Get mad, then get over it. ~Colin Powell
A few weeks ago, when took my younger son in for neurotherapy, I shared the positive strides we’d seen since he started treatment with Erica, one of the office staff. I had just written “Successful Communication” and was feeling good about the results from his treatment over the past few weeks.
Erica celebrated his progress with me and said she was amazed at how quickly we were seeing results (focus, attention, emotions, etc.) – in just a few short months.
I chuckled. The highs and lows of emotions and making the effort to be patient – with him and with myself – over those few short months felt like an eternity.
I remembered my near breakdown in the doctor’s office.
It was a beautiful day in early October yet on the drive to Portola Valley with my older son, I was unsettled. A wave of slow anger simmered underneath a layer of resignation as I thought about the email and my younger son’s behavior at school.
The day before, I had received two separate emails from two of his teachers about his disruptive behavior, his lack of focus, and his wandering around the classroom. The feedback provided by these teachers echoed the same sentiments expressed by another teacher the prior week.
Once my older son went into the treatment room, I broke down and shared with Erica: I was at the point I was ready to pack up and leave my family. I was tired of my younger son’s issues at school. I was tired of driving back and forth from Burlingame to Portola Valley. I was tired of the expense of treatment and watching it eat away at our savings. I was tired of administering supplements. I was tired of wondering when this Lyme nightmare would be over. I was tired of being tired, and I was tired of being angry.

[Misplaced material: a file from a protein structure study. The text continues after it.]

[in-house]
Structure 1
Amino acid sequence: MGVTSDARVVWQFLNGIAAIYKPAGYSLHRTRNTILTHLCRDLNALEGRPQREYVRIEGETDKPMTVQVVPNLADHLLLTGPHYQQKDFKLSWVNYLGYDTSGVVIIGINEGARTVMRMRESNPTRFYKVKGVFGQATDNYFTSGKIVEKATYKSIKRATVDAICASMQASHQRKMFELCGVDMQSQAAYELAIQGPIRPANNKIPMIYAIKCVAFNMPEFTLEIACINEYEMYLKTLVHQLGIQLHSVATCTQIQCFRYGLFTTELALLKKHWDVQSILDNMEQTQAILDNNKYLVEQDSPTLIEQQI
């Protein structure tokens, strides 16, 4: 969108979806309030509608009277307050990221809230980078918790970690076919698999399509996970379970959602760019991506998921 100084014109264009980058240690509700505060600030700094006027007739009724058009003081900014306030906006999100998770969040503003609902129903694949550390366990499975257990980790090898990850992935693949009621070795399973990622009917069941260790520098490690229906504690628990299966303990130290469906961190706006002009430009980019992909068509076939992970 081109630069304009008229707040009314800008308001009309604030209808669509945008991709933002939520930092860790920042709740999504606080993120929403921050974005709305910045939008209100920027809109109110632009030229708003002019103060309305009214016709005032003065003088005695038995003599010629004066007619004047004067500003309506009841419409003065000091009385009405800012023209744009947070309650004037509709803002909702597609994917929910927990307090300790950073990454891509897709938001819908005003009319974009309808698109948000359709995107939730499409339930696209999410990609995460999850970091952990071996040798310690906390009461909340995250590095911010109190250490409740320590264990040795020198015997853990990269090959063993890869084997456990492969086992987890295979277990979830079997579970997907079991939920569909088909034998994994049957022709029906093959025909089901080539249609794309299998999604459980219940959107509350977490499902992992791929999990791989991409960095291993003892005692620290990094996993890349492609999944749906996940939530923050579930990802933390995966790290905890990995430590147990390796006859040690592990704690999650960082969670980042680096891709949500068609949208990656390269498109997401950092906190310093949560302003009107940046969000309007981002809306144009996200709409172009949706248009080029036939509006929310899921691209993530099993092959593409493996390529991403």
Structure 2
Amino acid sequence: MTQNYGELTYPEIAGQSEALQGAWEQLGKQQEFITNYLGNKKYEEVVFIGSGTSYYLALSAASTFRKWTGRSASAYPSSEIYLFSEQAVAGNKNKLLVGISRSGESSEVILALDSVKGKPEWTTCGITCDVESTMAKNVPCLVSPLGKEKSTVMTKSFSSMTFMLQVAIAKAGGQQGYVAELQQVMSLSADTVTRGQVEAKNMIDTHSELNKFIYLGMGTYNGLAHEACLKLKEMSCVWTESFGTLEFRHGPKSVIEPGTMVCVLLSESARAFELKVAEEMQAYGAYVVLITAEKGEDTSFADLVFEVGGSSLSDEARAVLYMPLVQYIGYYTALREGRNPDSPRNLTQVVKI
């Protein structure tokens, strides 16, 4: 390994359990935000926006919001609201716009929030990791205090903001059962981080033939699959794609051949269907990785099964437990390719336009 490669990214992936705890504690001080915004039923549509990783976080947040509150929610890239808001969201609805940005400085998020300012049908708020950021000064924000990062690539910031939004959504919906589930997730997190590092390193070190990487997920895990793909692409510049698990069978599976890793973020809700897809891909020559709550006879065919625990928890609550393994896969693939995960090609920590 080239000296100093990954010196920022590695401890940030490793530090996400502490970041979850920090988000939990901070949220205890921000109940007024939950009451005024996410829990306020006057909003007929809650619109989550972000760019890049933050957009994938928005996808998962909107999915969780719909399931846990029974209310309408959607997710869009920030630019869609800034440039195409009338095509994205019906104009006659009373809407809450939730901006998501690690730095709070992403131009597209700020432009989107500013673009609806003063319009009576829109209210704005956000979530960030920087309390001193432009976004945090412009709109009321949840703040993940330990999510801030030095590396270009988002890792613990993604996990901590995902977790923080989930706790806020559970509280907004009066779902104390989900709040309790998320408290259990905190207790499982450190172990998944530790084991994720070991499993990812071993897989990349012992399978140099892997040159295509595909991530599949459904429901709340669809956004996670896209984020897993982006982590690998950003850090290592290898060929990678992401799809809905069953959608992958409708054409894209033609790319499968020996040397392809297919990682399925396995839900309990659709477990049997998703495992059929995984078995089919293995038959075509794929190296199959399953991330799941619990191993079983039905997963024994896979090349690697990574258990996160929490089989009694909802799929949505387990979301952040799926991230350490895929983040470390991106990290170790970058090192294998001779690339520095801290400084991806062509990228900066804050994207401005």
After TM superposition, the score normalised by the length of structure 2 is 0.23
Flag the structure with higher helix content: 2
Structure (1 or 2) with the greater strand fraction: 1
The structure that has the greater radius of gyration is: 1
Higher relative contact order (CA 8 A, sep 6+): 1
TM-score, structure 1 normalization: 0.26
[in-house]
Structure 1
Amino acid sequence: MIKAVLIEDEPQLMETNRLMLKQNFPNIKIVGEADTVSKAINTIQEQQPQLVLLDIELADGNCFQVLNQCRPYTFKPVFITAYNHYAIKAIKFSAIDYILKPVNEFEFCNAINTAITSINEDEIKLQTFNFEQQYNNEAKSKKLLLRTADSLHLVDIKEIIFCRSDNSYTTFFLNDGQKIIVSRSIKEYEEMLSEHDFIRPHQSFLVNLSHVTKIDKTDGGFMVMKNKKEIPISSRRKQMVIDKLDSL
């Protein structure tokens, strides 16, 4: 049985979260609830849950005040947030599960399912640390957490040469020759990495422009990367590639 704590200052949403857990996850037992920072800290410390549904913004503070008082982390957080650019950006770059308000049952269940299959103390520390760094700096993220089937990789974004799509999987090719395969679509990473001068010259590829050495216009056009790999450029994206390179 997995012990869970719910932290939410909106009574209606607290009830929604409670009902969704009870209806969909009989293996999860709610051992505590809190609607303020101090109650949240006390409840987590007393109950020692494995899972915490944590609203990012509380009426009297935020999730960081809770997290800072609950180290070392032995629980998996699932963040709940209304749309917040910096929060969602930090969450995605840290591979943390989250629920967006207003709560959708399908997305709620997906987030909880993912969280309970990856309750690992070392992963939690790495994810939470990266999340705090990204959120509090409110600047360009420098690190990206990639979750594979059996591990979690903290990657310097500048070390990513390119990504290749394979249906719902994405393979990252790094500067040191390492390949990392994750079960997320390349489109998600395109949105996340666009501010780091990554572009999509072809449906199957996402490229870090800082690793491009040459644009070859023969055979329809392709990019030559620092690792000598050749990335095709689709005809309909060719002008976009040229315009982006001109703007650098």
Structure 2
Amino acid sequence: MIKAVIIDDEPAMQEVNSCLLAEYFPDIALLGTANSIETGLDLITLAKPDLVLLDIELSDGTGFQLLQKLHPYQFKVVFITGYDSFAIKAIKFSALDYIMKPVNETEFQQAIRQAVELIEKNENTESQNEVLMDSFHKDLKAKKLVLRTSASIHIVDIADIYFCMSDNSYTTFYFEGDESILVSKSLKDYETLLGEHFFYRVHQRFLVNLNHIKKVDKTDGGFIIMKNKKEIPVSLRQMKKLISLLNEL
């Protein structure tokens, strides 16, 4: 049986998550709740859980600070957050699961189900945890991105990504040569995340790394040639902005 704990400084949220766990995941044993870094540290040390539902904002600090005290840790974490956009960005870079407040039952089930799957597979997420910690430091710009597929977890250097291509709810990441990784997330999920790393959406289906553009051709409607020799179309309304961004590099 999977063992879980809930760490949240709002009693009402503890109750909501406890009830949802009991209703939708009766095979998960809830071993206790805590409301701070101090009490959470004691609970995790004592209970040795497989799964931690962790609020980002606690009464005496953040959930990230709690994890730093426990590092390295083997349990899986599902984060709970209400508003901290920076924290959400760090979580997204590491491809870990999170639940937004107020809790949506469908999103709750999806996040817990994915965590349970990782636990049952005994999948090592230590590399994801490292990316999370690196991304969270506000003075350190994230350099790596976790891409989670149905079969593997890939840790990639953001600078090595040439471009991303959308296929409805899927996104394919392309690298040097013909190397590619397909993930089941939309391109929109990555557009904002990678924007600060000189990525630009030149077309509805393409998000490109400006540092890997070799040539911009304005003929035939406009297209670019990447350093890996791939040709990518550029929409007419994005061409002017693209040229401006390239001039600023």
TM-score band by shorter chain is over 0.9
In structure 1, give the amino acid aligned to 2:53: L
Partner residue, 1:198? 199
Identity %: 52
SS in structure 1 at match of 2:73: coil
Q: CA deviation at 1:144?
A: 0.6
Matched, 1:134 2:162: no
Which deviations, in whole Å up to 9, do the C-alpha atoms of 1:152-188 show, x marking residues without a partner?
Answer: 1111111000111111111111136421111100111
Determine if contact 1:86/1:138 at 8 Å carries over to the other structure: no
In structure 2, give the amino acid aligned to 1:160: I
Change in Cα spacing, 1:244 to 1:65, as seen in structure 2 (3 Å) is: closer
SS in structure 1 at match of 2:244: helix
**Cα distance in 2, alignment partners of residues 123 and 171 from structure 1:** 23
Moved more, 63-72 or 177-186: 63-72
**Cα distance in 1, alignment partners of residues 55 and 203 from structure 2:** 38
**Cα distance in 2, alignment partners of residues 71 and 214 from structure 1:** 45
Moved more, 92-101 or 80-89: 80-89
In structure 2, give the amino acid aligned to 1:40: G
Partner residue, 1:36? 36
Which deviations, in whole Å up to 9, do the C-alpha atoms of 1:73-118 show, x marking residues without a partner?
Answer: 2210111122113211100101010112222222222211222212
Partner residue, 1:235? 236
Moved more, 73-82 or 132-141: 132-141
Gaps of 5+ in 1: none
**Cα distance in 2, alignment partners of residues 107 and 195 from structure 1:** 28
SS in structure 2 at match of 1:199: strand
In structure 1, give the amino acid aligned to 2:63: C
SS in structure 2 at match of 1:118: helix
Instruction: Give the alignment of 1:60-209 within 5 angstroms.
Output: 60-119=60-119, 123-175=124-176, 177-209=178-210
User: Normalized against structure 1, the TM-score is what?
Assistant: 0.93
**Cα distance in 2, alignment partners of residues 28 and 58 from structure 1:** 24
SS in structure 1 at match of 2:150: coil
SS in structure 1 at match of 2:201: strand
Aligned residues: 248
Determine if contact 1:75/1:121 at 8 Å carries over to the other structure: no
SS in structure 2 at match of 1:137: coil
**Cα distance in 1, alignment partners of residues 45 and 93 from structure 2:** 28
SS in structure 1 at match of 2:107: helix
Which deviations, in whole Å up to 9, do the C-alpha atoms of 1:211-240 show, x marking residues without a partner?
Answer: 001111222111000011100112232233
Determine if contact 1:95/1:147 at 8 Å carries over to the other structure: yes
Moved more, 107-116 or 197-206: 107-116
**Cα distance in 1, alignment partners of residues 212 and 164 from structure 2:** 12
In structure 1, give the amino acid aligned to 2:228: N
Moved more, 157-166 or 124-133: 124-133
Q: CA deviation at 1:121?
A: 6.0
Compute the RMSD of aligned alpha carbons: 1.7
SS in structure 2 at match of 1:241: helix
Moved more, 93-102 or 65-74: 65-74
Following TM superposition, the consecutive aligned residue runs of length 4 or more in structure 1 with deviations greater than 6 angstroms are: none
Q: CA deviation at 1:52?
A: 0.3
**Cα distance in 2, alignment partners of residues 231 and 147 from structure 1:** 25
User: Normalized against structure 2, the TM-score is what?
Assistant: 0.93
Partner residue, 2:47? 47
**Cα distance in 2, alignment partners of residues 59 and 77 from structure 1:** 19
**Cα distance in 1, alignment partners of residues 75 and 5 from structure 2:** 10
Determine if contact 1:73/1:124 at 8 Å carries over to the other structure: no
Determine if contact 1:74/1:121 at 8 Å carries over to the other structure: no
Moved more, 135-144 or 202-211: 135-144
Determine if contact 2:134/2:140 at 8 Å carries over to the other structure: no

Reaching that low point forced me to act and think about how I could support my son, he clearly needed help with focus and attention. Would neurotherapy work?
Three months later, I can say neurotherapy has worked.
I asked Erica if she remembered that October afternoon and what she witnessed. She did remember. Erica saw my exasperation and despair. She remembered me being upset, angry and close to tears. It was surprising for her to see my normally upbeat and positive attitude so vastly different that day.
Hearing her say that brought me back to that moment. I remember my actions, but those feelings I had then had dissipated. Now, I am in a much better place: feeling positive and action-oriented.
There are days I feel resentful when I feel like I am shouldering most of the burden while everyone else sits on the sidelines. Don’t get me wrong: my husband now helps with the supplements each evening – but 90% of the work: scheduling appointments, driving to and from appointments, communicating with the doctor and staff, coordinating additional treatments: blood work, craniosacral therapy, sleep study, etc., and pulling the kids out of school for treatments – falls on me.
Lyme is not easy. Managing anger and despair is a daily exercise but moving and taking control counters it; celebrating each milestone and success brings everything into balance. And that balance – being upright and steady – is the best way for our family to stay on the treatment course.